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Channelling Jonathan Torrens 

The Halifax actor and writer now adds director and co-producer to his resume, with his ode to the little screen, TV with TV's Jonathan Torrens.

"The challenge with making a show in Canada," says TV's Jonathan Torrens, "is that everything you shoot goes on the TV, so people are watching your learning curve week after week after week."

In conversation with one of the most recognizable faces in Canadian television about his new show, TV with TV's Jonathan Torrens, the theme of learning curve comes up again and again. Debuting Friday on cable network TVTropolis, the show---a slick yet winning blast of sketches, monologues and streeters, investigating, sending-up and praising the tropes of different TV genres, like the period drama or reality show---raised some new challenges for Torrens. For example: "I had never directed myself before," he says, grinning. "I was very hard to get along with!"

It was also an opportunity for Torrens to articulate his feelings about how the tone of the medium has evolved from the sincere wholesomeness of The Cosby Show to the sarcastic milieu of The Soup. Torrens obliquely references his youth spent in front of CBC cameras (Street Cents, Jonovision) and, more directly, his affection for the silly and sweet TV greats of yore like Three's Company.

"In doing the show about TV---something that is nostalgic for me and something that has to do a lot with my childhood---it was hard to scotch-tape the wry, hard, smugness of TV nowadays to that," he says. "It's tough to be cocky and sentimental at the same time."

Approached by Halifax's Arcadia Entertainment to produce a show for TVTropolis (it's co-produced by Torrens and Arcadia's Brad Horvath), Torrens started in February to scratch out what he wanted his show to be and what he wanted to cover. It was his sister and co-writer Jackie---a local performer and writer, now appearing in Daniel MacIvor's play A Beautiful View at Neptune this month---who hit upon the notion that to embrace and celebrate the cliches of TV would still allow him to point out their silliness.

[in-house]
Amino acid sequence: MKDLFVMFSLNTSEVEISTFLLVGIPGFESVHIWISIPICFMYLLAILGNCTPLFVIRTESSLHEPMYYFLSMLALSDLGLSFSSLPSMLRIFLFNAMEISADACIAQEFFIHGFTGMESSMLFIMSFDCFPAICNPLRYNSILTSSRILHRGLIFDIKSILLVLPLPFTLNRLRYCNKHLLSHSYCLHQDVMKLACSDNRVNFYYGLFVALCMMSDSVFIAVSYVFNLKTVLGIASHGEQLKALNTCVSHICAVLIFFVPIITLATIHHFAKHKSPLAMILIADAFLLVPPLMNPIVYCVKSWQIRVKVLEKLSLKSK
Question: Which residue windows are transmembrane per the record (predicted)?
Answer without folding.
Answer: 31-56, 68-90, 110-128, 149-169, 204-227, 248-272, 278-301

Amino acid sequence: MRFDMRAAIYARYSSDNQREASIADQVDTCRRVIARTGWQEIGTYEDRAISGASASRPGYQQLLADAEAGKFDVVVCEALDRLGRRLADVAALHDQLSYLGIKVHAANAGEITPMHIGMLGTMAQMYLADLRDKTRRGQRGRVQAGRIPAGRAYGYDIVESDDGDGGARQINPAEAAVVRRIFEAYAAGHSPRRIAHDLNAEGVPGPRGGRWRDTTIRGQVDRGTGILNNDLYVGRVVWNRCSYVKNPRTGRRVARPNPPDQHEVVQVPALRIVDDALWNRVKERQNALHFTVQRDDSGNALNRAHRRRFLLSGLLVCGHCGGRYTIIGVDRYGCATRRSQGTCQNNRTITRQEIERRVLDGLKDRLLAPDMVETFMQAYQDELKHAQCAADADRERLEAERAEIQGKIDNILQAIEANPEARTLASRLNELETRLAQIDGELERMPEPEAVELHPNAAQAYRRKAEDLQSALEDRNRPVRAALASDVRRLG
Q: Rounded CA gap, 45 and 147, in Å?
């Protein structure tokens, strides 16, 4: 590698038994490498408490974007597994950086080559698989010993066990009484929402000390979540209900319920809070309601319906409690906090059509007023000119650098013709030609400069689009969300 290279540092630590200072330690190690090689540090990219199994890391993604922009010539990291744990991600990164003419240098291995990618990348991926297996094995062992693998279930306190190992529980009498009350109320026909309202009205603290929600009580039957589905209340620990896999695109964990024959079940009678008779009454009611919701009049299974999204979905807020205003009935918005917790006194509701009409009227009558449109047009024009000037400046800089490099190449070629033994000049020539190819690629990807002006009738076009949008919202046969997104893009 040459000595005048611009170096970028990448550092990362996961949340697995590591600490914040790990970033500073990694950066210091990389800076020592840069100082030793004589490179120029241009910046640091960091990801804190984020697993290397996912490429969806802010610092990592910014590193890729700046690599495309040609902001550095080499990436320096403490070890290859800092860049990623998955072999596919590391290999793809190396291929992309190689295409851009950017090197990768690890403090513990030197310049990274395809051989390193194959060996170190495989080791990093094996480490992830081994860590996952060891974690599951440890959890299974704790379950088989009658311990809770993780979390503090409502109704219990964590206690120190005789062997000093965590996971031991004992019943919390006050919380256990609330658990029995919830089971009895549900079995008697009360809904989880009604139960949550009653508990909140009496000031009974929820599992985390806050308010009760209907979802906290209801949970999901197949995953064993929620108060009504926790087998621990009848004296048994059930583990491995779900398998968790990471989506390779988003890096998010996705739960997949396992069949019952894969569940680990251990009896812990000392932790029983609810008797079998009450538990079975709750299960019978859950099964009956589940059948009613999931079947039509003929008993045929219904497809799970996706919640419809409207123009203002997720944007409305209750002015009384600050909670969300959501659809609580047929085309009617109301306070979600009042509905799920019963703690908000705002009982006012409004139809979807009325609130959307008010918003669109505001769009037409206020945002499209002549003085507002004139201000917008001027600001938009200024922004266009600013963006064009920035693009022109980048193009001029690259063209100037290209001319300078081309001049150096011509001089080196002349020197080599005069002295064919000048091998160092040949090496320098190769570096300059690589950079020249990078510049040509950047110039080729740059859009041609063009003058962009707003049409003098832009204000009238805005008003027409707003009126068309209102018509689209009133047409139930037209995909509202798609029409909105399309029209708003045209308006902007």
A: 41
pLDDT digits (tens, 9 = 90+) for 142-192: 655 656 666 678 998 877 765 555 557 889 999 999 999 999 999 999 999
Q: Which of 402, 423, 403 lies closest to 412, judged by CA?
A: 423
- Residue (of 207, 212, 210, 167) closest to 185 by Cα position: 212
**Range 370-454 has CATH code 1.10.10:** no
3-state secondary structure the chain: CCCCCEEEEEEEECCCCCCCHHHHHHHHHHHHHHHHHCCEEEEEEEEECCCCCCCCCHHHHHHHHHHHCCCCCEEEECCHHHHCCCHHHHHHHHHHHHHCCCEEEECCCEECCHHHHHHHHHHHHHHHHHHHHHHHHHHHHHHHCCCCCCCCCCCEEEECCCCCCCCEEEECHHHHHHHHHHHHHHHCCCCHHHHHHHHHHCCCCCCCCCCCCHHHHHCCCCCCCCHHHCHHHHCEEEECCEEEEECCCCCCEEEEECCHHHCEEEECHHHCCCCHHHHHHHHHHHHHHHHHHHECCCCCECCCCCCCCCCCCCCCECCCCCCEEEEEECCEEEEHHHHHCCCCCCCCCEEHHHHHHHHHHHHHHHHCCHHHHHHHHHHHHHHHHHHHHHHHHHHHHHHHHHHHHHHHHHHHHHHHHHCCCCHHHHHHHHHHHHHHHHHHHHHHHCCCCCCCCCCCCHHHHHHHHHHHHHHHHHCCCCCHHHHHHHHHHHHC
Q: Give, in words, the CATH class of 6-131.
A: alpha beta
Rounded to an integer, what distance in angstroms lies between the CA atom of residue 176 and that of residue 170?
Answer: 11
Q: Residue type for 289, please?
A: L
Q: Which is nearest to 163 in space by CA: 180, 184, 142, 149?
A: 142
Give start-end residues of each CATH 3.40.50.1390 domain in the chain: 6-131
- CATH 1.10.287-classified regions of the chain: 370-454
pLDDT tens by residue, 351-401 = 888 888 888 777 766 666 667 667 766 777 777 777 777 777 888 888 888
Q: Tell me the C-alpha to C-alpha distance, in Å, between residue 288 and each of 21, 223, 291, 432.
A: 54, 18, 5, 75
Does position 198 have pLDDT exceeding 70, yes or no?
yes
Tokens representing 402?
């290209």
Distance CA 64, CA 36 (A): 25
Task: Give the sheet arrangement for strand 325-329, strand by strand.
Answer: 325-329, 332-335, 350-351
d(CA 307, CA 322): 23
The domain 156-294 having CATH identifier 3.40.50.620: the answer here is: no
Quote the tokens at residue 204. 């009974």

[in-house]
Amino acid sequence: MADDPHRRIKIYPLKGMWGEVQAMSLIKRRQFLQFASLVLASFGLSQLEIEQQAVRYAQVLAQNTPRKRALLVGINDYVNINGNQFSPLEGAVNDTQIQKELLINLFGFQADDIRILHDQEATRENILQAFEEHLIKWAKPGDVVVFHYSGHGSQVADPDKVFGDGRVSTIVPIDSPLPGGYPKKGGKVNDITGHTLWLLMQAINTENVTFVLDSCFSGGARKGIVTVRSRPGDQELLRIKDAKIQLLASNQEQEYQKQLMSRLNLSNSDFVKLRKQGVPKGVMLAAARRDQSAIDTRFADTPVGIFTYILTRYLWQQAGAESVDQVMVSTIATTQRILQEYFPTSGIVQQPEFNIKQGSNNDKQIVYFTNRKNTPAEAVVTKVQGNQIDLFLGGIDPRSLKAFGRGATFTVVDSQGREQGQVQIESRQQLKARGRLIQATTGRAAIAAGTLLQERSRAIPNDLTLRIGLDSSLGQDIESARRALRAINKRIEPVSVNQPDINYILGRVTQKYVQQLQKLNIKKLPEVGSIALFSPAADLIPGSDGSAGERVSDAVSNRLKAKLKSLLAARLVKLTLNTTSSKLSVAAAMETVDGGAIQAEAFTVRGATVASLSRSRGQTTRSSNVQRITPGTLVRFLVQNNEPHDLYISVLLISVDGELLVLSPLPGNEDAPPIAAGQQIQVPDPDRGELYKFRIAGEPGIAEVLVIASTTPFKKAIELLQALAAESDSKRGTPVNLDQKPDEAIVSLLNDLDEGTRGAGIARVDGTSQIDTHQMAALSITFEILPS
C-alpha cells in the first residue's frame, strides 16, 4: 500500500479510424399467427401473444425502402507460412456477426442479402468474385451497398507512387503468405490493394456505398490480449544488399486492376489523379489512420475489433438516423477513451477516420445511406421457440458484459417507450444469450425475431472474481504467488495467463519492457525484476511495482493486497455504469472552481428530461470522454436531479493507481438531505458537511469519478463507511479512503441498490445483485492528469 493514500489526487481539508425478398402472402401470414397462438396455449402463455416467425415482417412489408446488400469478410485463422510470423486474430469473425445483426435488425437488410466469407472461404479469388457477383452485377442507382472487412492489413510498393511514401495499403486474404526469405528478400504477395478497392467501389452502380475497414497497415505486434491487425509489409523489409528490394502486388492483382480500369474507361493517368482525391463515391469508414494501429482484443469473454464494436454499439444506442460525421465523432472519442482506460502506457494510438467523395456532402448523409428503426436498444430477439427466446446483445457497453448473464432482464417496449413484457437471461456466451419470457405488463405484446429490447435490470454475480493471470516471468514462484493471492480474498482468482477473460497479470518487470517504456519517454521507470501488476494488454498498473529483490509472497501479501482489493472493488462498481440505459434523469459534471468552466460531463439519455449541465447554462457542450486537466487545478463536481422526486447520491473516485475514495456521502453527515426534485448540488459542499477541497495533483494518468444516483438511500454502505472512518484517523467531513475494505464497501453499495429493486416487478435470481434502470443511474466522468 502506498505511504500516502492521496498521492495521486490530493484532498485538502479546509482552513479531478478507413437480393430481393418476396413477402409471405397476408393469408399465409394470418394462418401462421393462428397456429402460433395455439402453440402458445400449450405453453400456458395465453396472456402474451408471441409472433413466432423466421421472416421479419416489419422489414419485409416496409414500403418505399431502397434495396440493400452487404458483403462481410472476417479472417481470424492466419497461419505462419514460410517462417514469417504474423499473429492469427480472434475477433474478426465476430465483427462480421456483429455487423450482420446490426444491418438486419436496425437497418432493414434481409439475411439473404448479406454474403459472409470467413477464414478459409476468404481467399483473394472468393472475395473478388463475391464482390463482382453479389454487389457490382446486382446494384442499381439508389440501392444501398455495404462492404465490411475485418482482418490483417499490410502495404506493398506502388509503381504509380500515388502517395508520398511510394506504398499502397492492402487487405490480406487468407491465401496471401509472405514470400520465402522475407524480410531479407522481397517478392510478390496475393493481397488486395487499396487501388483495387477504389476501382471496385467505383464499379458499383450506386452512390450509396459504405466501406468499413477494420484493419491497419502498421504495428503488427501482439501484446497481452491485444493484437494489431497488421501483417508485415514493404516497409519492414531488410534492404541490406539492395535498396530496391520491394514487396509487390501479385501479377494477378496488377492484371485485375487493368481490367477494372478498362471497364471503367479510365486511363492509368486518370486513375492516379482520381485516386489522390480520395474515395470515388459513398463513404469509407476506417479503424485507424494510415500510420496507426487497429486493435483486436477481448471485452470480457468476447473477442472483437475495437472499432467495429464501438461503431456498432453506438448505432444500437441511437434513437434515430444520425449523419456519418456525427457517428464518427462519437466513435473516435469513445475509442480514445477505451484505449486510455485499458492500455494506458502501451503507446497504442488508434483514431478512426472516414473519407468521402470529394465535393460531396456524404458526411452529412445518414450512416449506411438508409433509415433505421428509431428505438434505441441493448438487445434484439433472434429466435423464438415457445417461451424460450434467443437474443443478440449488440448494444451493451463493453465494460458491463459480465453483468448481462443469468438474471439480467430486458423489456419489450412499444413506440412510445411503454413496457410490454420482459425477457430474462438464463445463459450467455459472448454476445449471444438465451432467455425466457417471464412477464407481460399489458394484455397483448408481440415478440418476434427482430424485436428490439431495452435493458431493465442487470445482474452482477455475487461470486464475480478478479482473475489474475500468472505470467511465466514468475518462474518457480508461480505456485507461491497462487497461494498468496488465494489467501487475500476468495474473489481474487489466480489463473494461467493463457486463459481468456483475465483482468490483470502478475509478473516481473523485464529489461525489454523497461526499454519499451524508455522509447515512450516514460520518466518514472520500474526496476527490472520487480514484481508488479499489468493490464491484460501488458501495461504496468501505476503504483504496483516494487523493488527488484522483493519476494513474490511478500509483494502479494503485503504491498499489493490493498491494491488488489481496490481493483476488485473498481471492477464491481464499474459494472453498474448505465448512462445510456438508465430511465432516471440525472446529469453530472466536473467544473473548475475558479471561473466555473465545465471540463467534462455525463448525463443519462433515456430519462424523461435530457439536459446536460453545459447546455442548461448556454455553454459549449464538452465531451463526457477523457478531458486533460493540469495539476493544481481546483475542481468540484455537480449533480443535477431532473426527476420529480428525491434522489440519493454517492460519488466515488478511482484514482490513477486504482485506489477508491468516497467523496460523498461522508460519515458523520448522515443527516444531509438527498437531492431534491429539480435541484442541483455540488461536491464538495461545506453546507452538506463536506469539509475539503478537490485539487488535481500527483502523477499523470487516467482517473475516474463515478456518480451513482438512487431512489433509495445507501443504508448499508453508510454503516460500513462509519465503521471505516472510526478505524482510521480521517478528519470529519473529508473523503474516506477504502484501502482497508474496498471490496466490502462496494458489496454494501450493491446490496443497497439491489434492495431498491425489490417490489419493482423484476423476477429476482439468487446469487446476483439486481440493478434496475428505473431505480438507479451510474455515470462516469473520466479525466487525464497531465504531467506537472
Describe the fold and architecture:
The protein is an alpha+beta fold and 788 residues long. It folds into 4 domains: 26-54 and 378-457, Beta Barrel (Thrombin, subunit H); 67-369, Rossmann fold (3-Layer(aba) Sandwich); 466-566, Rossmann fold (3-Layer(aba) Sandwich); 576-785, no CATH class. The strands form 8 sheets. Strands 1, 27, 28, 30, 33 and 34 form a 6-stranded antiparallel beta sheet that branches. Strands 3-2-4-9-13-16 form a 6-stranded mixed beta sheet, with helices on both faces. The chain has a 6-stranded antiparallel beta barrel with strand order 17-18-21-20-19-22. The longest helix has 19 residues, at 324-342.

"If you're embracing and celebrating the cliches, you can still have your tongue planted firmly in cheek, but can also have moments of sincerity and affection," he says. "In the game-show show, I pay tribute to Merv Griffin, who was a televisionary and a pioneer of the genre.

"It isn't a festival of crackin' wise and makin' fun. The hope is that people watching the show will do what we did on set, which was every time someone said, 'Cut!' it was like, 'What was the name of that guy from that thing with the people who went onto that show?' It's kind of a big, squishy 'Awwwwww, 'member?'"

Amongst other big changes in his life---Torrens has settled back in Nova Scotia after a stint in LA and is set to become a father at the end of this month---the new show puts another vocation on his already lengthy CV: After years of being primarily in front of the camera, TV with TV's Jonathan Torrens places him for the first time behind it. That responsibility means feeling out exactly how to reconcile his skills and desires as a performer with the demands of the director's chair.

"By nature, I'm very collaborative. I love when someone takes ownership of something," he says. "That's why the biggest kick for me is writing because when, for example, Nicole Frosst---she's the art director on the show---would come in and say, 'It should be a bowl of porridge, not a bowl of cereal, hear me out.' When people read my stuff and have their own interpretation and take ownership of it and bring something to it and it becomes a whole other thing, that's really what's exciting.

"At the same time, especially in comedy, the thing that I learned from Mike Clattenburg"---the creator of Trailer Park Boys, on which Torrens was a cast member---"is that it has to be someone's voice. It can still be a collaborative experience, but ultimately, it has to be someone saying, 'This is the voice of the show. This is the vision.'"

Torrens would love to have "another crack at it" and do a second season of the series, but "as a nice side salad to the meat of the show, if people actually watched it and knew what I meant."

Clip courtesy of Arcadia Entertainment

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